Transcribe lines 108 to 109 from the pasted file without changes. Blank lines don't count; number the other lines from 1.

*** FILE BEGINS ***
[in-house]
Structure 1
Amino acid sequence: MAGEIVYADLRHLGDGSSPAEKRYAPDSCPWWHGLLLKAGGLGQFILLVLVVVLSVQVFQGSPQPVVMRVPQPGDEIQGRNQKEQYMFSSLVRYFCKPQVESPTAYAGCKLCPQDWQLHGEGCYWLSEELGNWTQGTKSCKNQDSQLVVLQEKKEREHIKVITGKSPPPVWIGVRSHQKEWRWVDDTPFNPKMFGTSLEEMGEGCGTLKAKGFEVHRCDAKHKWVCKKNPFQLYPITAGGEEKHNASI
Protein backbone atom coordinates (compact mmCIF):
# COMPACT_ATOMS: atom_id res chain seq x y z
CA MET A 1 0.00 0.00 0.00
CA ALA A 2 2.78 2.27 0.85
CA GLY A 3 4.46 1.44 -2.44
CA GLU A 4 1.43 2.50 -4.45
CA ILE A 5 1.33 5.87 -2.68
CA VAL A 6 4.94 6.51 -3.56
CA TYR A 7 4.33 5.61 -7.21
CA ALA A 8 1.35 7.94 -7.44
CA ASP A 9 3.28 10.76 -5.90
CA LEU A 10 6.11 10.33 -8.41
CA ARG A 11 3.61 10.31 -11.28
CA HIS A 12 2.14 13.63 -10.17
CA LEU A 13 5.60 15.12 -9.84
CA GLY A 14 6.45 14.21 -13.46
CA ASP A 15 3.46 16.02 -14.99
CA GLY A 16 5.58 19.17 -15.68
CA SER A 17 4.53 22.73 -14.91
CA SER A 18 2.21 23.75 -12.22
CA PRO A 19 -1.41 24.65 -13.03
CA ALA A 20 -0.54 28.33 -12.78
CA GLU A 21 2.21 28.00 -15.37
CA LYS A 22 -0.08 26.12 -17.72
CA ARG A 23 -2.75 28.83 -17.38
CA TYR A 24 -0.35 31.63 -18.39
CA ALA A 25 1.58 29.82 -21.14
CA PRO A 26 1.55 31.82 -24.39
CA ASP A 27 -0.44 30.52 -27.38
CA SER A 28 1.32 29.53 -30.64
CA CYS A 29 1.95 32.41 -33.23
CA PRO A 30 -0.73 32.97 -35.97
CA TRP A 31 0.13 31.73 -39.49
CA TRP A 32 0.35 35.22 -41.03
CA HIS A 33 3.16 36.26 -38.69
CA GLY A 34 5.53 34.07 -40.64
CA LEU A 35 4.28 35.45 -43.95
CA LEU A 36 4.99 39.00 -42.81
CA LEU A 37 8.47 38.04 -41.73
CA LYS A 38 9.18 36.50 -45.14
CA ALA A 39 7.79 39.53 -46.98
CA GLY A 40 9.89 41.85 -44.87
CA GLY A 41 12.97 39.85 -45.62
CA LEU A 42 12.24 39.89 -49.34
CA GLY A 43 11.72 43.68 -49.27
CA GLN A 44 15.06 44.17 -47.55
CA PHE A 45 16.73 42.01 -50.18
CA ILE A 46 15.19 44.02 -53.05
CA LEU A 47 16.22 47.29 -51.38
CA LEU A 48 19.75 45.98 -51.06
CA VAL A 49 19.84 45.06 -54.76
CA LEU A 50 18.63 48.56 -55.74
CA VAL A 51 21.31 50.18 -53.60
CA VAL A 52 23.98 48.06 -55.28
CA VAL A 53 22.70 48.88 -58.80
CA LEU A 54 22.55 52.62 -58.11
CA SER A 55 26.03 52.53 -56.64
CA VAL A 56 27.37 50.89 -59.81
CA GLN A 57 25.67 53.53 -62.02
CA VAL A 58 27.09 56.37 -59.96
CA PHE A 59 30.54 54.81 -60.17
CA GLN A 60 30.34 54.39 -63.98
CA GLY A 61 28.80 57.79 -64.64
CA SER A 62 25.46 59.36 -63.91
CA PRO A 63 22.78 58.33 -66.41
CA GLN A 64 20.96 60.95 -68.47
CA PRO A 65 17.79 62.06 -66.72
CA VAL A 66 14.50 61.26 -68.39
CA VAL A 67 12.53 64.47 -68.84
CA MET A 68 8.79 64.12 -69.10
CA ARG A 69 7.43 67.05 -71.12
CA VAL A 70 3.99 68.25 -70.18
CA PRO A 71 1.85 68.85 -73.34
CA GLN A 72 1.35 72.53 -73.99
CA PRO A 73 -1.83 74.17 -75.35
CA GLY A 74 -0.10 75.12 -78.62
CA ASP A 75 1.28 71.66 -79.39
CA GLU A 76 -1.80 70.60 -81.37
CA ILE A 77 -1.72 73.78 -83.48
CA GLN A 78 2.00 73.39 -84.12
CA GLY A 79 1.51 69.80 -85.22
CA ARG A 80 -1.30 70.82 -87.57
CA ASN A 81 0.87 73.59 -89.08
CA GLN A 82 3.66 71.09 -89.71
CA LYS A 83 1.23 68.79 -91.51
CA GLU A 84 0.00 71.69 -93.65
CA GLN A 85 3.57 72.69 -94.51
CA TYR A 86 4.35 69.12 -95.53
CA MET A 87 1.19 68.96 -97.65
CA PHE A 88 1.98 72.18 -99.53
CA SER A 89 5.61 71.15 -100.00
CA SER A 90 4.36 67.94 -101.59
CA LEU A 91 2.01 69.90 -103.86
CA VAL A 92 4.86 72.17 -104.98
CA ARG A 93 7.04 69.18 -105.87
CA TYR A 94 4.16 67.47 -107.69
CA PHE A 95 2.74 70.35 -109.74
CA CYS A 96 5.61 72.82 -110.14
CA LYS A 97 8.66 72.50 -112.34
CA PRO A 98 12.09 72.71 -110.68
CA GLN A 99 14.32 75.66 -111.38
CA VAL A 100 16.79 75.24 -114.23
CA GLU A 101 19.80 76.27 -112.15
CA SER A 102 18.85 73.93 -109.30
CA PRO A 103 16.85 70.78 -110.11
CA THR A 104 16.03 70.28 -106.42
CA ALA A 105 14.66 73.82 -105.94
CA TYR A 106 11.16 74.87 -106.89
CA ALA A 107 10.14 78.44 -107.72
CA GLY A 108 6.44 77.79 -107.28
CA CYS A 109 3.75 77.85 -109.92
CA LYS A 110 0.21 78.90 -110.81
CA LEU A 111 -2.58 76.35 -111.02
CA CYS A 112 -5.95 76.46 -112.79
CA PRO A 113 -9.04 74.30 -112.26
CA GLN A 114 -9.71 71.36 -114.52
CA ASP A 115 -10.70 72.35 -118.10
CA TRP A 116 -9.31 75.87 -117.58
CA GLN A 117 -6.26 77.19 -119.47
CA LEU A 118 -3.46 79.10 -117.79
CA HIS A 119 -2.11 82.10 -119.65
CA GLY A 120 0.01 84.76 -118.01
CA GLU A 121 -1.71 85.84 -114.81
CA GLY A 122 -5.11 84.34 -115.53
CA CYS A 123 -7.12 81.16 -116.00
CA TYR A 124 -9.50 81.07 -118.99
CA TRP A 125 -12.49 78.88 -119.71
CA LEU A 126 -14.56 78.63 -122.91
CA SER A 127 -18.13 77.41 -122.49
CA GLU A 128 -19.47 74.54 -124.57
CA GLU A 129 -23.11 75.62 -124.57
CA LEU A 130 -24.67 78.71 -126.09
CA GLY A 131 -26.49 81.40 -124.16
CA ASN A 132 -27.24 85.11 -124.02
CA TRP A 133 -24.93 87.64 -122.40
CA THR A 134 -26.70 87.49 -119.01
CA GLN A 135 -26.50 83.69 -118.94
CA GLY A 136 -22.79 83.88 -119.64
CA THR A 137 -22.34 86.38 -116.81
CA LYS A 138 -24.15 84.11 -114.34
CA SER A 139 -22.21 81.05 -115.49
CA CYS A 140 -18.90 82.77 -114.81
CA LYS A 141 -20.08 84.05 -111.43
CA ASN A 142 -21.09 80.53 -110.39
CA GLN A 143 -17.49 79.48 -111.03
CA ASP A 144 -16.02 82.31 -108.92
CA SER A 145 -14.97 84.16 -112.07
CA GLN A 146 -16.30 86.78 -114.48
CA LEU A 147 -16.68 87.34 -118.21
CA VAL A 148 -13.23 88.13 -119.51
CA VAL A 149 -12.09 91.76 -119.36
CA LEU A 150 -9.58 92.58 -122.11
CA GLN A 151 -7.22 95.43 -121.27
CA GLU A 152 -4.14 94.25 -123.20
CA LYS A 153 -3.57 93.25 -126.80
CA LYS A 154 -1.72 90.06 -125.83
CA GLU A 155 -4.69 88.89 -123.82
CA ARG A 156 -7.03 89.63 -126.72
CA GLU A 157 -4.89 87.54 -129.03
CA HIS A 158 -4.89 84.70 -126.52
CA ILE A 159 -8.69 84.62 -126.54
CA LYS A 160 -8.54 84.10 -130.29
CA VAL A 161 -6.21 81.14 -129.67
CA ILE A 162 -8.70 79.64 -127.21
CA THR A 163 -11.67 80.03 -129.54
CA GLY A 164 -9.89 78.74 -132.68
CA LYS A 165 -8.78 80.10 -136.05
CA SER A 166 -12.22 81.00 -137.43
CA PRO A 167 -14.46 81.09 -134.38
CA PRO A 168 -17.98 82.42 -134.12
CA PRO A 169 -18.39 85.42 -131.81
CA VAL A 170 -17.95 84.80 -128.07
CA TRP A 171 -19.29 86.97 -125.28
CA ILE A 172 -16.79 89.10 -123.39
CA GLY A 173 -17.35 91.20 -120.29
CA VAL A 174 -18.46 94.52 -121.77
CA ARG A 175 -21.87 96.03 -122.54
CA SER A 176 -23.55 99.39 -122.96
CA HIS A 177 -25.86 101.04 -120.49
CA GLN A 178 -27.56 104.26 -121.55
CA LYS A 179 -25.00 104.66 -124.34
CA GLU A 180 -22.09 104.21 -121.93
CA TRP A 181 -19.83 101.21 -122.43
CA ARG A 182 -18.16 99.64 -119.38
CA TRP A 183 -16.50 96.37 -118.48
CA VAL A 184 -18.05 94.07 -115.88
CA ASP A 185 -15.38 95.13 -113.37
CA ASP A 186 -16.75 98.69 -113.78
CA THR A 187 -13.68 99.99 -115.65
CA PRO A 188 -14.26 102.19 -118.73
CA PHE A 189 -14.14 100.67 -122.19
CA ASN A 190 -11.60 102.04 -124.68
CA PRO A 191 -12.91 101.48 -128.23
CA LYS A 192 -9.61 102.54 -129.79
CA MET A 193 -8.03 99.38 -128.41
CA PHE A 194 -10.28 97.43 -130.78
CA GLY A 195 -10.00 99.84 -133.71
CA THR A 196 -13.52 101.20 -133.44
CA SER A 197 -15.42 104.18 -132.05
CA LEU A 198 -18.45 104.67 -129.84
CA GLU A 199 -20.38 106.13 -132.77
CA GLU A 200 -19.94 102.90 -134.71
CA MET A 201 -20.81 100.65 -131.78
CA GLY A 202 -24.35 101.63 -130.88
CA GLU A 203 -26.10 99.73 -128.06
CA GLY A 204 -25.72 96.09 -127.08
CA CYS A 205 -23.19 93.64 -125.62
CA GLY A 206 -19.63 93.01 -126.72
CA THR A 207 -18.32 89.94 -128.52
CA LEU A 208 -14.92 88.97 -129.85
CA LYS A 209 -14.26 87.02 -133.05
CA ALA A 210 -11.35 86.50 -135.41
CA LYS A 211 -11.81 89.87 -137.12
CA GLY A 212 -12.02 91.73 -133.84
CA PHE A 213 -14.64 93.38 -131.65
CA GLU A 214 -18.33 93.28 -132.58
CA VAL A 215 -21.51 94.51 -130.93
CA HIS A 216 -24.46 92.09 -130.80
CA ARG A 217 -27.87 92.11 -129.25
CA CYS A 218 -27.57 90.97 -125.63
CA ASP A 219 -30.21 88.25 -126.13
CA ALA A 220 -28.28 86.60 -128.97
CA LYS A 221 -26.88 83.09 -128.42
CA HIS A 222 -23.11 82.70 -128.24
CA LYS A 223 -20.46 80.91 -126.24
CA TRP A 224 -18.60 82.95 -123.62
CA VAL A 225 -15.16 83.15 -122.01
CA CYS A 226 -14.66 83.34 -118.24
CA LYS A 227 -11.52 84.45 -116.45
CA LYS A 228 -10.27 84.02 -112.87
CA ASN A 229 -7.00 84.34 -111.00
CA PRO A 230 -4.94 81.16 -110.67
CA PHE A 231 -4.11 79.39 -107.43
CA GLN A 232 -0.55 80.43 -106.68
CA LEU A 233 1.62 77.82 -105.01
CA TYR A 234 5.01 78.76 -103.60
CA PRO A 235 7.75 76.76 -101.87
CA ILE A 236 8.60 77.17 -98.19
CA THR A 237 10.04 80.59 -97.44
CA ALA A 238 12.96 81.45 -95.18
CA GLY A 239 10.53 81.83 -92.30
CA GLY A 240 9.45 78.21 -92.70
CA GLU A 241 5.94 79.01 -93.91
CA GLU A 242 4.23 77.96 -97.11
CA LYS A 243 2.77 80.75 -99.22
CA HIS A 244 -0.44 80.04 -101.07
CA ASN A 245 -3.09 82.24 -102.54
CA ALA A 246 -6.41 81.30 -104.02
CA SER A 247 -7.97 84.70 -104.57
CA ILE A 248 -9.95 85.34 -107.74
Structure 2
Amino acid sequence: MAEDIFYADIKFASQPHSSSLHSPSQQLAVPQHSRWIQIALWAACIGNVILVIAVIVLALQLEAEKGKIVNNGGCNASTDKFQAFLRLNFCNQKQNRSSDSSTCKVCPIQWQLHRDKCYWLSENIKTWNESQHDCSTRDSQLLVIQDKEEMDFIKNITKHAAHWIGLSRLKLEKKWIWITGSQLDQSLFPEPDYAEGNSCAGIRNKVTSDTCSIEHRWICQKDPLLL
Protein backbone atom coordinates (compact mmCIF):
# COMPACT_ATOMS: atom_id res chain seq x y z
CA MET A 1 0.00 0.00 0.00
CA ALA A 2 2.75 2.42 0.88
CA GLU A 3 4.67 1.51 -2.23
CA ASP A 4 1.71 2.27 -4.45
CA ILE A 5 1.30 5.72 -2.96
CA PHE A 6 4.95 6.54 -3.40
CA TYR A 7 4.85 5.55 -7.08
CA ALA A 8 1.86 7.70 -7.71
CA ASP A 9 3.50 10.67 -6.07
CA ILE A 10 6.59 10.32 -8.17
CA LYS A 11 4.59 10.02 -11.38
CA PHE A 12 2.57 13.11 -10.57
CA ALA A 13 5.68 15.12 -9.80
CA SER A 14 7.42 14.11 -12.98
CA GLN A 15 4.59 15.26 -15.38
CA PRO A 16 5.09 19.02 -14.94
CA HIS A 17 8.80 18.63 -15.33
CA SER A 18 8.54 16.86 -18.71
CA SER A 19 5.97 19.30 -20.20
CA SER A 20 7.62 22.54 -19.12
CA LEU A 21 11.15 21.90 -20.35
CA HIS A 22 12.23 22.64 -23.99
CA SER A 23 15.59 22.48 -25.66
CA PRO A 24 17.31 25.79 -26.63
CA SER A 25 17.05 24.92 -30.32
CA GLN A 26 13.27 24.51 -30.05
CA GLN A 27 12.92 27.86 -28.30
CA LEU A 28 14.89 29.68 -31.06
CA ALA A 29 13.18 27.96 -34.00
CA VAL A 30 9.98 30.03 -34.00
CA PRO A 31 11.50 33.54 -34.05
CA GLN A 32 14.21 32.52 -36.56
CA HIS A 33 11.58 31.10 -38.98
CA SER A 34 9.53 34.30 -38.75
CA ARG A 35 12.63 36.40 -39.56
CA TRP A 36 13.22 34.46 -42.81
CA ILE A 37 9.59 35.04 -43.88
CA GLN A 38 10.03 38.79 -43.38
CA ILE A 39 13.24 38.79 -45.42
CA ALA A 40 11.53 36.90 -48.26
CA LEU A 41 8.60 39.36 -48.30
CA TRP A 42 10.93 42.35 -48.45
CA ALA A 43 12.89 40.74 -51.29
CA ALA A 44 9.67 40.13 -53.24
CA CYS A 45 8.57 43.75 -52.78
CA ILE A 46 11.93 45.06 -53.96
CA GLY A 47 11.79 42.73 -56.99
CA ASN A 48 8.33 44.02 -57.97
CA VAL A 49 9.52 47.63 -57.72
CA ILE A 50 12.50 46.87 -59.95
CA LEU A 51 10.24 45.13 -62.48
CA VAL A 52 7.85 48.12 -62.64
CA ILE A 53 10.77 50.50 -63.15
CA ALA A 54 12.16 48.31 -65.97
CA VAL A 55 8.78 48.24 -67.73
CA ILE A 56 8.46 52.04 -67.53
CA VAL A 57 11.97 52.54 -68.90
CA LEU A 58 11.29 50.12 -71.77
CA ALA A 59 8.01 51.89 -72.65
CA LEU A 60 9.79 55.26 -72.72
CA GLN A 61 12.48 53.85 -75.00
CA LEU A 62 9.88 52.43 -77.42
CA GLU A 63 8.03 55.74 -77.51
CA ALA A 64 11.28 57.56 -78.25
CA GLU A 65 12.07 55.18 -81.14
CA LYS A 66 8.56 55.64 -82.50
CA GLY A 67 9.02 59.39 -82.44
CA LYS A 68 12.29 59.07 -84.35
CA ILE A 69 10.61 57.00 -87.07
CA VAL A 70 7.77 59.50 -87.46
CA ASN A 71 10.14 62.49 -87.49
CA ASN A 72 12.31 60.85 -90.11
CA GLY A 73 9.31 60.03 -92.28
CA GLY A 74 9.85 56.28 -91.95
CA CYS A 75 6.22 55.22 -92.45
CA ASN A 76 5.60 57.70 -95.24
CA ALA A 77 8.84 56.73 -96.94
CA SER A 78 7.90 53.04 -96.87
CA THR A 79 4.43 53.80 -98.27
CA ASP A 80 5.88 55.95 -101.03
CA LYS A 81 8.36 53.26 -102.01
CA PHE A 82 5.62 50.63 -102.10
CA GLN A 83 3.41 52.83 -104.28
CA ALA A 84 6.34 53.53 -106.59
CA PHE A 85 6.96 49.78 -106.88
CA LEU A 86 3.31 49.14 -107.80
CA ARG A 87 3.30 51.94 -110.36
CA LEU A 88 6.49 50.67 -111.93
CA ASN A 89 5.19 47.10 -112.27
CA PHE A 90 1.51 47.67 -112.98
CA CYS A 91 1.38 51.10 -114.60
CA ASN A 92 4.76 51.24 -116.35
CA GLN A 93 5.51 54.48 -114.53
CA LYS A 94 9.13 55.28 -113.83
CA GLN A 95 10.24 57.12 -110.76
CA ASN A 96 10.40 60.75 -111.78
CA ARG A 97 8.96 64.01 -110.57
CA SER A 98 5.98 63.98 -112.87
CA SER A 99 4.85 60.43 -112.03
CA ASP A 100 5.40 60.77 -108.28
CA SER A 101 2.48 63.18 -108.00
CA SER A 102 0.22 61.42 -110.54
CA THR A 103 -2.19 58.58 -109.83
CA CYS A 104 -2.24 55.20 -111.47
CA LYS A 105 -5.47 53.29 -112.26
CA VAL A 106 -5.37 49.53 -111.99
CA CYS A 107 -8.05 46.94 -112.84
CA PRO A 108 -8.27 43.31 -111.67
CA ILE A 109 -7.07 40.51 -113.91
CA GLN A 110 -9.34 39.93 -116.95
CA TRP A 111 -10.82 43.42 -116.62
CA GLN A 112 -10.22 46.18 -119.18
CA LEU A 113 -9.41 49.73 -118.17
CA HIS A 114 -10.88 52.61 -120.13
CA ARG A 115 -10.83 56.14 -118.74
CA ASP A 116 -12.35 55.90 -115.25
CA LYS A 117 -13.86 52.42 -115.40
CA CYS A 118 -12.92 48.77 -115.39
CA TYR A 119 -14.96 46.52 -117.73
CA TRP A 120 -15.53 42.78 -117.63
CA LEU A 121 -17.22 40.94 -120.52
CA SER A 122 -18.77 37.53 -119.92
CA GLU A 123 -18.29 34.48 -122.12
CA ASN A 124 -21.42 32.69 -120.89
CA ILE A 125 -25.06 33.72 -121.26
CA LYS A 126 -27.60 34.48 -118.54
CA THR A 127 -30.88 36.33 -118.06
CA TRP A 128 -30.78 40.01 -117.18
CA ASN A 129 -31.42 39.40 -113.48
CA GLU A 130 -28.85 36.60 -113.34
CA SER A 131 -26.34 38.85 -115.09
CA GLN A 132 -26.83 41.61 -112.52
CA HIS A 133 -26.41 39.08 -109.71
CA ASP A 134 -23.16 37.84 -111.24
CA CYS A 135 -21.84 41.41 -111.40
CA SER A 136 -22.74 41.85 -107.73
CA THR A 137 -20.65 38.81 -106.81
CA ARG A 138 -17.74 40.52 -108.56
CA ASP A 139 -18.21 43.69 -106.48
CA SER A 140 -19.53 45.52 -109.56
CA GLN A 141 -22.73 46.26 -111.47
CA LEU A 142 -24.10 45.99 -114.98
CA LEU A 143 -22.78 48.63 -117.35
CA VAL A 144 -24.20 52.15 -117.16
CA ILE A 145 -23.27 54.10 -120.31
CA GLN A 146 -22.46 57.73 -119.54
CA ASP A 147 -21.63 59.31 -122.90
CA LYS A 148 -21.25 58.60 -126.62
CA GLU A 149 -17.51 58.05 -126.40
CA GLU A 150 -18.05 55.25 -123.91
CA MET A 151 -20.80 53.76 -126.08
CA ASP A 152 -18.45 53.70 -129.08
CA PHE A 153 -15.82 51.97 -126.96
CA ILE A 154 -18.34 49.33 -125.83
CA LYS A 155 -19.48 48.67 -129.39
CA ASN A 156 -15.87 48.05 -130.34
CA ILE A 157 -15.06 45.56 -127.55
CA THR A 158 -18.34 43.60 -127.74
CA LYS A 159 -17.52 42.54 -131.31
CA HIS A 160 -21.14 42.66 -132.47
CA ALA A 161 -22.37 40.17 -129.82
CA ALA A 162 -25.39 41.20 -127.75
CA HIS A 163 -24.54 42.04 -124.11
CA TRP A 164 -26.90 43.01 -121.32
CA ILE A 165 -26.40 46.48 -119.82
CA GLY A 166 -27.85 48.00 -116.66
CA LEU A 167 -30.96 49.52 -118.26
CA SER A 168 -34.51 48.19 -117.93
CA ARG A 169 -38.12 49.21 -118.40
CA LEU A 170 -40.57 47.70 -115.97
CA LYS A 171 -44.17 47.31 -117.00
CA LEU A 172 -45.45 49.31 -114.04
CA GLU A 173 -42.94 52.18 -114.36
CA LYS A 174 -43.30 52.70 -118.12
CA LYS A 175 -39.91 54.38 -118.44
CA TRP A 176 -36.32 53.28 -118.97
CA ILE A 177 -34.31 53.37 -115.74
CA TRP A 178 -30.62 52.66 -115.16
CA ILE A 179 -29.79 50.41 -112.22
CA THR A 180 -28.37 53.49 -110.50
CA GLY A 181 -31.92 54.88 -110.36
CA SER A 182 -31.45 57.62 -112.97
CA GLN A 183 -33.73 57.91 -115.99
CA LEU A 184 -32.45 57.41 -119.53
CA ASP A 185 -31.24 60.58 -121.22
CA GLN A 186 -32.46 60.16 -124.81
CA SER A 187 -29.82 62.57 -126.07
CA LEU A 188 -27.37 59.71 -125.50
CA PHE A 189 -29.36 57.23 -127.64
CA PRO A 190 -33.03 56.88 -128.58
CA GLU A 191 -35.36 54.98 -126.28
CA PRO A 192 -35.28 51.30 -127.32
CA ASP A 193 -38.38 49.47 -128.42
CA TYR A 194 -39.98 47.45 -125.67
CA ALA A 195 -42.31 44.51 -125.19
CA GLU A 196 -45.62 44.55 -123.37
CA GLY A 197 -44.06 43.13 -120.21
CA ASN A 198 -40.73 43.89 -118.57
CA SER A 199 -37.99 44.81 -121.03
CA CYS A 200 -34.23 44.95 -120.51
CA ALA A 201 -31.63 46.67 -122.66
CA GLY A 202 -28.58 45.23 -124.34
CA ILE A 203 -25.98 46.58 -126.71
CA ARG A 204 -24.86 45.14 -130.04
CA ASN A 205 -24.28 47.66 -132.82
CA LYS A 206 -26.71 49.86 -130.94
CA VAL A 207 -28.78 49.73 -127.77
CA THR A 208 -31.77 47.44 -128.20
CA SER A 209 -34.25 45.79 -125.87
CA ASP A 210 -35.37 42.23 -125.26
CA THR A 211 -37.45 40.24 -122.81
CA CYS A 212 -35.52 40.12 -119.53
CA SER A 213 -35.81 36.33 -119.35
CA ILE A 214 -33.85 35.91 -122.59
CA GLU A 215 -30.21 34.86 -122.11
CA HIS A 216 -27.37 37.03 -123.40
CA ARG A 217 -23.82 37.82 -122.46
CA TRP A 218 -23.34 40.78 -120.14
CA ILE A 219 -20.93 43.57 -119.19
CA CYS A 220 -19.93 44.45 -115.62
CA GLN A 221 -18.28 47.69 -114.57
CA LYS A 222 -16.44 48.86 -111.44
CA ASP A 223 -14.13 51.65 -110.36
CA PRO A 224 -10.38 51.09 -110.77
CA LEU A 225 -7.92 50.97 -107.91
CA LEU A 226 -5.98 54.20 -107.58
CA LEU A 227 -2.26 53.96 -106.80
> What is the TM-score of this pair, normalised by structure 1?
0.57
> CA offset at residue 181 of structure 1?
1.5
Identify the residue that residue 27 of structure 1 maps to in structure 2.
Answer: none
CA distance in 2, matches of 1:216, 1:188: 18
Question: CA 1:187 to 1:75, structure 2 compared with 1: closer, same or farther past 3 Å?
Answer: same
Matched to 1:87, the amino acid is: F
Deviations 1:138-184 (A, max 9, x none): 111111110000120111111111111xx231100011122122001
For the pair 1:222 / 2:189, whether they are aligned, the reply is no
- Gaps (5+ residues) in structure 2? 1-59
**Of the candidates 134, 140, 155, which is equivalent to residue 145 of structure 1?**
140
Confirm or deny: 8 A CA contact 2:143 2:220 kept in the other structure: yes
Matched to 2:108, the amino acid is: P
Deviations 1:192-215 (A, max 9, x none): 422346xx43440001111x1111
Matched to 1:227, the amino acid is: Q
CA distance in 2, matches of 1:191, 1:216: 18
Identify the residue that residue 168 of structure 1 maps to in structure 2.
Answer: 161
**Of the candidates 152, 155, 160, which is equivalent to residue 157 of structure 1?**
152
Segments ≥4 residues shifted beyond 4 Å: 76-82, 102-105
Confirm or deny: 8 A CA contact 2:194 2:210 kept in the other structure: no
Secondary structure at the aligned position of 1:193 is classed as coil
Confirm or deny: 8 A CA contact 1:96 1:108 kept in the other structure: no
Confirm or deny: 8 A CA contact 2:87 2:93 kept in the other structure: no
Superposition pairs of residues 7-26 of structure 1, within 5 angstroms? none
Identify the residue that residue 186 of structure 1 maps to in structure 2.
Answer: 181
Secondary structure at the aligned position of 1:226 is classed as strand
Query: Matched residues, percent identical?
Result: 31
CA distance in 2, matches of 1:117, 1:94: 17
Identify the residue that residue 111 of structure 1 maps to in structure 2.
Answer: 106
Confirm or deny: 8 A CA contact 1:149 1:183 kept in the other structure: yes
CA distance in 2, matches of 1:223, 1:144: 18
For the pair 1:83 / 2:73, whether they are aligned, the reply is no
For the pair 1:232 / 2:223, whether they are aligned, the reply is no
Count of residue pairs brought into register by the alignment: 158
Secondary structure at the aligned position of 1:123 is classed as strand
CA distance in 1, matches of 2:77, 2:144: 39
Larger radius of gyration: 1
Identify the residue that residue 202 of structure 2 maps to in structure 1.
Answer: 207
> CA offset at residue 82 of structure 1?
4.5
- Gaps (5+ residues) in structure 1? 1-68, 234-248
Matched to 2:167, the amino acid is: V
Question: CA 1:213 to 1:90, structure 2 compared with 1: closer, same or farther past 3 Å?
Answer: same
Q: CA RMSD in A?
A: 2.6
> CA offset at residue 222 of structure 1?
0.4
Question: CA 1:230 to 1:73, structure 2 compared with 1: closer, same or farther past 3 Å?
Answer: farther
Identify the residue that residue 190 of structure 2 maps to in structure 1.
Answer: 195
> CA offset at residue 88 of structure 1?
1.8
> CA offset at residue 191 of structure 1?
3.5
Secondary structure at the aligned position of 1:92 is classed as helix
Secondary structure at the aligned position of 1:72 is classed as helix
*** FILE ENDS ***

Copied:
CA PRO A 103 16.85 70.78 -110.11
CA THR A 104 16.03 70.28 -106.42